The EU’s new data privacy law has put a small army of tech firms that track people online in jeopardy and is strengthening the hand of companies such as Google and Facebook in the €173bn global digital advertising industry.
The General Data Protection Regulation (GDPR) brought in by the EU in May is designed to protect personal information in the age of the internet and requires websites to seek consent to use personal data, among other measures.
The ability to track internet users has attracted hundreds of companies that harvest and crunch user data from websites with or without the consent of the site owner. GDPR poses a challenge to those groups as they all need consent to use the data. Uncertainty over whether every link in the supply chain is GDPR-compliant is pushing some to leave Europe altogether.
Concerns about GDPR should, however, benefit Google and Facebook as customers are more likely to give consent to carry on using sites, allowing the US companies to keep amassing and analysing vast amounts of GDPR-compliant data that advertisers will pay to use.
National newspapers are also likely to keep their readers and believe they can benefit by eventually charging advertisers more for online slots in the knowledge they are compliant with the new EU rules.
“But if consumers feel confident that their data is being protected and they understand how it is being used and it’s done with permission, ultimately that should be a good thing for clients and for us,” said Mark Read, joint boss at the world’s biggest ad agency, WPP.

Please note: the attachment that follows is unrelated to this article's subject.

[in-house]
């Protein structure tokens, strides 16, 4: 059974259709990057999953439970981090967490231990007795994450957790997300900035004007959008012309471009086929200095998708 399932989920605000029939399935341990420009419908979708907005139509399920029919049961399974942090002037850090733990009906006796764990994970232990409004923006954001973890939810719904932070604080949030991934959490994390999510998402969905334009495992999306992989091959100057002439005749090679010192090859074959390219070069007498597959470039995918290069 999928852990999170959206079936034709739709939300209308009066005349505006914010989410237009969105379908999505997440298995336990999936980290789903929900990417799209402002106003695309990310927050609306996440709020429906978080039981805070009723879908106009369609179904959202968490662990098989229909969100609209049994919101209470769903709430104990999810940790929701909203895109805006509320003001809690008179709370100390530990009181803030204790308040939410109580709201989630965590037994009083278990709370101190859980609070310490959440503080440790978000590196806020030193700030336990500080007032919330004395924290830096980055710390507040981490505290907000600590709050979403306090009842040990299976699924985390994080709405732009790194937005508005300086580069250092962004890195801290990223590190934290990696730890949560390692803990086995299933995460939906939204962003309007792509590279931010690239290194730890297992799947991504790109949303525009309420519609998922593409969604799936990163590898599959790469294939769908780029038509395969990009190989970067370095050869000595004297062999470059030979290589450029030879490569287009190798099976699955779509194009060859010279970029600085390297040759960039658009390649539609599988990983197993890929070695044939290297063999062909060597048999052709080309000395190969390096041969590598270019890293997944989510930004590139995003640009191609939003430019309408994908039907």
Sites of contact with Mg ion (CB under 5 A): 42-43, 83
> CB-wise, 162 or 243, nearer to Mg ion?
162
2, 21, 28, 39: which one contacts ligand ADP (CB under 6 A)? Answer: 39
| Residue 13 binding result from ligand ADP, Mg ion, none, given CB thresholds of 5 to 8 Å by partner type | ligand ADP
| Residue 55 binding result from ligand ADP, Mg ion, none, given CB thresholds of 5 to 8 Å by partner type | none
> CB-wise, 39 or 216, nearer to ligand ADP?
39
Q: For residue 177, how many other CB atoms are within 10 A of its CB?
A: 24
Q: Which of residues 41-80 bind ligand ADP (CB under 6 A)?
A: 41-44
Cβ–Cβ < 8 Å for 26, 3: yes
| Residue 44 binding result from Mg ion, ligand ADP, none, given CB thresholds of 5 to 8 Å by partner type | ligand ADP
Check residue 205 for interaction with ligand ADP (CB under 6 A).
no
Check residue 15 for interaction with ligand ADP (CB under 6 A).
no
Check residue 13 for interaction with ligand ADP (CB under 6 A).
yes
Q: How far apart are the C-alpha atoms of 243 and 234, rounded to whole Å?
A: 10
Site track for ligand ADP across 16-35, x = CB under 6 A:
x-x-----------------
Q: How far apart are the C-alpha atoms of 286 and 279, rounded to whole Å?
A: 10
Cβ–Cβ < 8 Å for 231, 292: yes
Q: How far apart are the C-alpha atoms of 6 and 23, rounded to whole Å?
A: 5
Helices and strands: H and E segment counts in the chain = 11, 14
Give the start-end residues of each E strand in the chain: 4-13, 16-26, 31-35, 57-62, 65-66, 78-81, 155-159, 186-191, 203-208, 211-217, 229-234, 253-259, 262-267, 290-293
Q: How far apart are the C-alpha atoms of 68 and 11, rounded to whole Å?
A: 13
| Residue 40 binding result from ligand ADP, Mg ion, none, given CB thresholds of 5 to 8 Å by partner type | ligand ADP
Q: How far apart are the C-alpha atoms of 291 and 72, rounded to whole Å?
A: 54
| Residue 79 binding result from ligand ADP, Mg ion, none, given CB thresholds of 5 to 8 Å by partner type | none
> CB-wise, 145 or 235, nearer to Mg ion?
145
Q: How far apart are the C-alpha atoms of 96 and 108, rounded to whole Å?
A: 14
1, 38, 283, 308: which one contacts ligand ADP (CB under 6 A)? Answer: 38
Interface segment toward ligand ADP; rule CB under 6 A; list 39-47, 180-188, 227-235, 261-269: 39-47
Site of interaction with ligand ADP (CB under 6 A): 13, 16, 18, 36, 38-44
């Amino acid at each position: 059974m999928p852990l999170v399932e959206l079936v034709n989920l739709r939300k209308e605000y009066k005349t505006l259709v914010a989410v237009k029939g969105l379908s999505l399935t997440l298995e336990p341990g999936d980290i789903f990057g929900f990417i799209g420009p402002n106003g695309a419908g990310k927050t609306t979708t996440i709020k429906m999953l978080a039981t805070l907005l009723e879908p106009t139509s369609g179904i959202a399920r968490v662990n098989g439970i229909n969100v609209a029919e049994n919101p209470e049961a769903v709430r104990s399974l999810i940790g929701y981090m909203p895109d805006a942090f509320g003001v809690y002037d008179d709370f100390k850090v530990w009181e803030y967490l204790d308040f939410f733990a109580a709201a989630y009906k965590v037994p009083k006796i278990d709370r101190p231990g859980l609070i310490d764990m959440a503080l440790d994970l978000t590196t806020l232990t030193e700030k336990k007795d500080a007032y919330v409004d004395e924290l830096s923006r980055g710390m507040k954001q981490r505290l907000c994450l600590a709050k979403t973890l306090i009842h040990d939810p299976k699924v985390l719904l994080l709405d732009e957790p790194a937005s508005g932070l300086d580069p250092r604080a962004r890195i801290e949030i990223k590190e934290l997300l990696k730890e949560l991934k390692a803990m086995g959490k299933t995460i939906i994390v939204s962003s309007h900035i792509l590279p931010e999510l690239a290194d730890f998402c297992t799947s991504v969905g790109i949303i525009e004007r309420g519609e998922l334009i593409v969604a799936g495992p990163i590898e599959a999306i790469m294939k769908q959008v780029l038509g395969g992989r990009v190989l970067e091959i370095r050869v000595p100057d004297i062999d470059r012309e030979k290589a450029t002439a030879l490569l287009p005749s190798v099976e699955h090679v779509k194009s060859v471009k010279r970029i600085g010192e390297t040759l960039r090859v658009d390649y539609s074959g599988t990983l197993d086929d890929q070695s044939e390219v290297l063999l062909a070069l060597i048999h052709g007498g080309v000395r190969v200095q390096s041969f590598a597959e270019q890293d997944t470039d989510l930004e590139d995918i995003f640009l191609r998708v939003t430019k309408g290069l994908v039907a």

For every euro spent by an advertiser, about half may go to ad tech groups, according estimates. When an internet user pulls up a page multiple bid requests are sent into the advertising system touting facts about the person such as demographics and interests, as well as the nature of the site they are viewing.
That personal data can then pass through a dozen or more ad tech firms before a company or ad agency bids at an auction for space on the website and an advert is loaded. It is that spread of personal data that risks breaking the new EU privacy law.
Doubt about compliance is threatening the myriad ad tech middlemen and is also prompting advertisers and publishers to rethink how they share their user data.